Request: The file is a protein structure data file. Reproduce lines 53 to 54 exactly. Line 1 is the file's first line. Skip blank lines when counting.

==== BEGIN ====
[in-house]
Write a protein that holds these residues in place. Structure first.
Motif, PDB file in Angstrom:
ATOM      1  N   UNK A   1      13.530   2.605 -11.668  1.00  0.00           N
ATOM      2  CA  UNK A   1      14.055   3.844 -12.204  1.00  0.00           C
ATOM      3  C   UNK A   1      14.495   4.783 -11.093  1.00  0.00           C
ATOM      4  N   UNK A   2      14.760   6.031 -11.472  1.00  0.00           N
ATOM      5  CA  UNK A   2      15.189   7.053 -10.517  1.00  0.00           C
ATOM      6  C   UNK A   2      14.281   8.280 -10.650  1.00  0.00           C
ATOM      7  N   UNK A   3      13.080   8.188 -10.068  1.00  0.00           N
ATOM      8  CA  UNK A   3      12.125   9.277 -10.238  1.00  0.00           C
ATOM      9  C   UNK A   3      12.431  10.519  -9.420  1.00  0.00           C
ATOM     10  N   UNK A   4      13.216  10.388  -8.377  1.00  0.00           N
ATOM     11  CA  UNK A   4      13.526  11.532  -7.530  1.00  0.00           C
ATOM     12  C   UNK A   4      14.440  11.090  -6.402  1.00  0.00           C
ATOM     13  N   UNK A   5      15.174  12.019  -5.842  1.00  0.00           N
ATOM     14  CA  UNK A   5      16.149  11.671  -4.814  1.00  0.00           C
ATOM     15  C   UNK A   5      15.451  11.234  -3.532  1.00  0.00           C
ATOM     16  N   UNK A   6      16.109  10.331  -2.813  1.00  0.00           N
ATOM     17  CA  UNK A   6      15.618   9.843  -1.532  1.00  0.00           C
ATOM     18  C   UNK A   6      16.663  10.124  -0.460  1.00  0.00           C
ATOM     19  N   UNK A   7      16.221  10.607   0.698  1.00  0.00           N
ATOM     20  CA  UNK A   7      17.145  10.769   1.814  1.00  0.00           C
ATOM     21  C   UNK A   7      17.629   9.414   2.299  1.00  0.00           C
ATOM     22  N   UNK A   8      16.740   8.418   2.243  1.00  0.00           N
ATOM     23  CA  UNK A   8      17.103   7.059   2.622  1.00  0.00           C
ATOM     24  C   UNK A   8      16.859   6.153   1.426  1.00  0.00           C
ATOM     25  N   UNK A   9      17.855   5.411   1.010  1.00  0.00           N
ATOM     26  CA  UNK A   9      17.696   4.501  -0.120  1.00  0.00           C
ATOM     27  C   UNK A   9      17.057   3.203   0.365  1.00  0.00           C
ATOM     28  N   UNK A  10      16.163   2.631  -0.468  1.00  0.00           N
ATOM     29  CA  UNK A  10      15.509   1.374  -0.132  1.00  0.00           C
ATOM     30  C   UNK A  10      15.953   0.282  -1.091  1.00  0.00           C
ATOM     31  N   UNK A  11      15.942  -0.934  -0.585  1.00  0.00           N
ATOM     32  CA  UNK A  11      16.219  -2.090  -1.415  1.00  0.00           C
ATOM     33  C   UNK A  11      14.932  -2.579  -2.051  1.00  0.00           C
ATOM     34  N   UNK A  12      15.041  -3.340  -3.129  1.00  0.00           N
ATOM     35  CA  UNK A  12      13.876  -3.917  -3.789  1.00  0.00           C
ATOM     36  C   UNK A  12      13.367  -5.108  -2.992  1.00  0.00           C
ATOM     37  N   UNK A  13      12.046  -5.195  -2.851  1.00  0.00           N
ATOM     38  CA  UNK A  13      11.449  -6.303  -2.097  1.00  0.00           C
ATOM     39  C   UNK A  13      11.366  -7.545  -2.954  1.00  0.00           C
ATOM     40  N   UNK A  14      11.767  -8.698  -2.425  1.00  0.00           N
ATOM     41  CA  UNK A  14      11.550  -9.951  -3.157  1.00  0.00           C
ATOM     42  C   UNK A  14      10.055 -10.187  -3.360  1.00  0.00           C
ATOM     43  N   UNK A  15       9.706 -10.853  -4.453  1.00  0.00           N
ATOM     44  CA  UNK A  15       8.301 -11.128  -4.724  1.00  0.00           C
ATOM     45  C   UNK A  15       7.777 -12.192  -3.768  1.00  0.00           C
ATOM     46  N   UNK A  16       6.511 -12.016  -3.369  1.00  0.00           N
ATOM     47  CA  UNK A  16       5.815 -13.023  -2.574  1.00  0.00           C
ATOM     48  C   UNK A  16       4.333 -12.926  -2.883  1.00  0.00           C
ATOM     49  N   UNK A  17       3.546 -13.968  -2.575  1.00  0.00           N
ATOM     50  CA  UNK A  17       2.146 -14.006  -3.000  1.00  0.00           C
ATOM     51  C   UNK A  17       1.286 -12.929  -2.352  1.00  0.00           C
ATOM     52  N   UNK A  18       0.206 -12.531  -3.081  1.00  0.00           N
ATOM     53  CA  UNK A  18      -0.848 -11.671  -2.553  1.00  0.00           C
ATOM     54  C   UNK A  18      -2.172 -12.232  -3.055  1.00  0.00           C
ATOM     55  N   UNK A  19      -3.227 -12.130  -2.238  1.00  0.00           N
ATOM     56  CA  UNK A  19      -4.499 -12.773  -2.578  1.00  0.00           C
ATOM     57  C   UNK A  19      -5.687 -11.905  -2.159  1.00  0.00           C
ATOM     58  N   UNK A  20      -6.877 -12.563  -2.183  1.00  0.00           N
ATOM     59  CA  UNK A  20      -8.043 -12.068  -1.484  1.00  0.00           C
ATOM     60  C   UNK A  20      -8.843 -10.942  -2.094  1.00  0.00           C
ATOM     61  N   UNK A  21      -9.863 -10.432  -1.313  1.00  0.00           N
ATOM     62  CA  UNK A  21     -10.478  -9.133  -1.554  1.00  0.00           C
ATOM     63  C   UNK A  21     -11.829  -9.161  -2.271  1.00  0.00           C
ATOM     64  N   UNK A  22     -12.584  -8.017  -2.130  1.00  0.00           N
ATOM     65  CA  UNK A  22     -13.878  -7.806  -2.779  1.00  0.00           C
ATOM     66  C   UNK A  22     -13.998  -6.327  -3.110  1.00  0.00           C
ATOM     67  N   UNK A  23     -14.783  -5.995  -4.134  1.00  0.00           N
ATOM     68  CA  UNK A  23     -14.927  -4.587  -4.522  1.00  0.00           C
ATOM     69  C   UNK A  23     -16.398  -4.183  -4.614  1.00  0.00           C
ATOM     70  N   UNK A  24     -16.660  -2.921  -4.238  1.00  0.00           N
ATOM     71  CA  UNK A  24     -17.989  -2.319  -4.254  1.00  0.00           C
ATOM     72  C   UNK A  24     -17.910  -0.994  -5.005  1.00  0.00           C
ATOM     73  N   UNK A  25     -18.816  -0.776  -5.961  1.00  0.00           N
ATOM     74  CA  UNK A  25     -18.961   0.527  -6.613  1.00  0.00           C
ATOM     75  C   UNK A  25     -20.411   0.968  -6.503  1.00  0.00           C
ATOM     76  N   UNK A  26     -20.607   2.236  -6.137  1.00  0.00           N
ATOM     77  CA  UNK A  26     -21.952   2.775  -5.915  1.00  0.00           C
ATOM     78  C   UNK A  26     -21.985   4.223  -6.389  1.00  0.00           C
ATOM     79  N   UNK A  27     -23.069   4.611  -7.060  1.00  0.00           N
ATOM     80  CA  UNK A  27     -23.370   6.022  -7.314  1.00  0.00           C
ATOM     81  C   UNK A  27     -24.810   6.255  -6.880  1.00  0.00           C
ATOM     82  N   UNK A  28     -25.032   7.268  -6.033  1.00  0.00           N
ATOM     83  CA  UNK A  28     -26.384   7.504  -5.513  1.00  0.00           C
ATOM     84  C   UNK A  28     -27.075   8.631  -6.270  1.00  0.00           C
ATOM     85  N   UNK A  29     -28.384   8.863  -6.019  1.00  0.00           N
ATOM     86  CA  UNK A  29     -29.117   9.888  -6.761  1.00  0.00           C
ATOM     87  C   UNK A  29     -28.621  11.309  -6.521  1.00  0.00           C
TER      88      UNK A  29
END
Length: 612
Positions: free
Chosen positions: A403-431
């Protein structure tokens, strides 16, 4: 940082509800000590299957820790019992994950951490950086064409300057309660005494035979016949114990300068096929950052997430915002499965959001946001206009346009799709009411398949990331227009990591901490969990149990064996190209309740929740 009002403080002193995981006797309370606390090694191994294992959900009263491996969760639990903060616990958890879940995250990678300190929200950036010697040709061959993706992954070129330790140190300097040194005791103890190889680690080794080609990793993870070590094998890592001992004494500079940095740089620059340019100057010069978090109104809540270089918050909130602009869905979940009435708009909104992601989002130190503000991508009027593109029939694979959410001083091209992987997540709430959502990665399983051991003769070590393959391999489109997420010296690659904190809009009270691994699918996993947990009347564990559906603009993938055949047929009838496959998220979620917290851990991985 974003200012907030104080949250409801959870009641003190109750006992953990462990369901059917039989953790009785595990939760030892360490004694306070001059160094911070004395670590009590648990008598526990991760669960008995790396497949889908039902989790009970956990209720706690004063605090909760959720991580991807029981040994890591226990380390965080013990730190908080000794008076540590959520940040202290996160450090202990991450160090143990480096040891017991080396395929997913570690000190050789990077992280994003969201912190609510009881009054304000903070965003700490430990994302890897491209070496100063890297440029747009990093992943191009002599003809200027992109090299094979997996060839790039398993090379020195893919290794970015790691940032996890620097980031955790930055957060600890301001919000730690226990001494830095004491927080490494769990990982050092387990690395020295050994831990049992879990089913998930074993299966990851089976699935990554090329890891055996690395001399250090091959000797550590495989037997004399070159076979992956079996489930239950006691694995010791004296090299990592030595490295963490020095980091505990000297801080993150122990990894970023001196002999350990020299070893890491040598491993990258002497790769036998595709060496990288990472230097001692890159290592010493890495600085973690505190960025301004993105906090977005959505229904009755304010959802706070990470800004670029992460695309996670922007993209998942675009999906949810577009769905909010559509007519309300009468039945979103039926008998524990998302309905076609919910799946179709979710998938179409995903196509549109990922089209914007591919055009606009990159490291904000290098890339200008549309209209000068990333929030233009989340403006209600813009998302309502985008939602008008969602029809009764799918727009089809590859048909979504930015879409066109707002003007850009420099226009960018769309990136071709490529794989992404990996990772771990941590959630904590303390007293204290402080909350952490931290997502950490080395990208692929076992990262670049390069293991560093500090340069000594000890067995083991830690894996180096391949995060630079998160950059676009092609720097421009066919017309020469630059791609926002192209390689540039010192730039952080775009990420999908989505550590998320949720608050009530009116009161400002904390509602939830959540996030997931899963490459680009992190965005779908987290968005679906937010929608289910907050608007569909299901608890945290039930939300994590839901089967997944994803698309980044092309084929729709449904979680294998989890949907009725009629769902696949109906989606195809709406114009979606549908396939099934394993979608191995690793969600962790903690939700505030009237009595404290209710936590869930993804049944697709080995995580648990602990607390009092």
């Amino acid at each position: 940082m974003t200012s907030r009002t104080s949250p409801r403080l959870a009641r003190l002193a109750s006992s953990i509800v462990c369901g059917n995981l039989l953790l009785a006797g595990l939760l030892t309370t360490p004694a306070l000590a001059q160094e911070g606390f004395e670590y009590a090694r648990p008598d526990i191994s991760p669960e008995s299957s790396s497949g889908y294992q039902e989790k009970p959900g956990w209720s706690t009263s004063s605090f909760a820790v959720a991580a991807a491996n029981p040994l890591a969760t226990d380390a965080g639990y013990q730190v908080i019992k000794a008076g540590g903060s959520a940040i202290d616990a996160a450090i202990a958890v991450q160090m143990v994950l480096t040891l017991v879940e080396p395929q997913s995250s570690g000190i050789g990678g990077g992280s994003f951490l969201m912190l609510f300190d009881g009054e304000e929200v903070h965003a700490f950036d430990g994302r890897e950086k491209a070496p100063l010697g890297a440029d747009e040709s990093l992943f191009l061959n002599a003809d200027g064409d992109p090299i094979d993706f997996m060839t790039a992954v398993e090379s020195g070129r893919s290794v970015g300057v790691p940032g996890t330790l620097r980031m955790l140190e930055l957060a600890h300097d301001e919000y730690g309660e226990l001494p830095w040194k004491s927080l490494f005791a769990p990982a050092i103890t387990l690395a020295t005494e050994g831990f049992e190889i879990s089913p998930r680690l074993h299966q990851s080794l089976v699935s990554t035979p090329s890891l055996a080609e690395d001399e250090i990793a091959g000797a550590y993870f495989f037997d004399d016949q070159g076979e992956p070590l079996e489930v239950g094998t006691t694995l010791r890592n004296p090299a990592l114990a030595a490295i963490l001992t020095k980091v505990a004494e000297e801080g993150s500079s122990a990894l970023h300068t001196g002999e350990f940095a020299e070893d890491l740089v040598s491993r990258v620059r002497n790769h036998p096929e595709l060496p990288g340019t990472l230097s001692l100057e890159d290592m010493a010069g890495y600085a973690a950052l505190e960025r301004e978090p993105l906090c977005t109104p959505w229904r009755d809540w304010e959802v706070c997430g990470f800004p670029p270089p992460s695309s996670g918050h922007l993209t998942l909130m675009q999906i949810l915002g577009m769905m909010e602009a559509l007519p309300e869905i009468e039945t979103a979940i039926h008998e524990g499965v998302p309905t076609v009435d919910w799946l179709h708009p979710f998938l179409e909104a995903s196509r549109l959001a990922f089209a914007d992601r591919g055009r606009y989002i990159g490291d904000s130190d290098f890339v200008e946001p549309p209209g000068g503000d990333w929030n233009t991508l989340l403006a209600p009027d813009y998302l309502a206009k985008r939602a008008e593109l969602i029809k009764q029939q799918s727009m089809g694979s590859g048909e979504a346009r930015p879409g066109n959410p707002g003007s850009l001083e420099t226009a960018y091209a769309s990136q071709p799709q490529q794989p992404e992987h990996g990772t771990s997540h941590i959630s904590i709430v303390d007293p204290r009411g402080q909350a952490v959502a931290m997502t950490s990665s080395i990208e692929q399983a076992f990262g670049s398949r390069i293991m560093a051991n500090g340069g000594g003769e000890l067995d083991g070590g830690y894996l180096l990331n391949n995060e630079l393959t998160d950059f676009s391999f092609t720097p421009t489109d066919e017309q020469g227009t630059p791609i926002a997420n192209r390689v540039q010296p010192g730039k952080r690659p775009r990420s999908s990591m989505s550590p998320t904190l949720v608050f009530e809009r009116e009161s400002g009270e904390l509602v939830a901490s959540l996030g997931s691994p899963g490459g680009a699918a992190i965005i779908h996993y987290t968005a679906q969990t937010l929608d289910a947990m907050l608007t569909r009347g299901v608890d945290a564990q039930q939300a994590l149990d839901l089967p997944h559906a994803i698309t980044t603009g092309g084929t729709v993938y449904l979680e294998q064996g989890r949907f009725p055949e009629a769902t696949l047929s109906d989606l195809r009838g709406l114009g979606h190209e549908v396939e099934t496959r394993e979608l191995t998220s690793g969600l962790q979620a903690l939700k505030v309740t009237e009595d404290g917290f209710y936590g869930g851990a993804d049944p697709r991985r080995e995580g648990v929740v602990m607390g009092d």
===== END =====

ATOM     50  CA  UNK A  17       2.146 -14.006  -3.000  1.00  0.00           C
ATOM     51  C   UNK A  17       1.286 -12.929  -2.352  1.00  0.00           C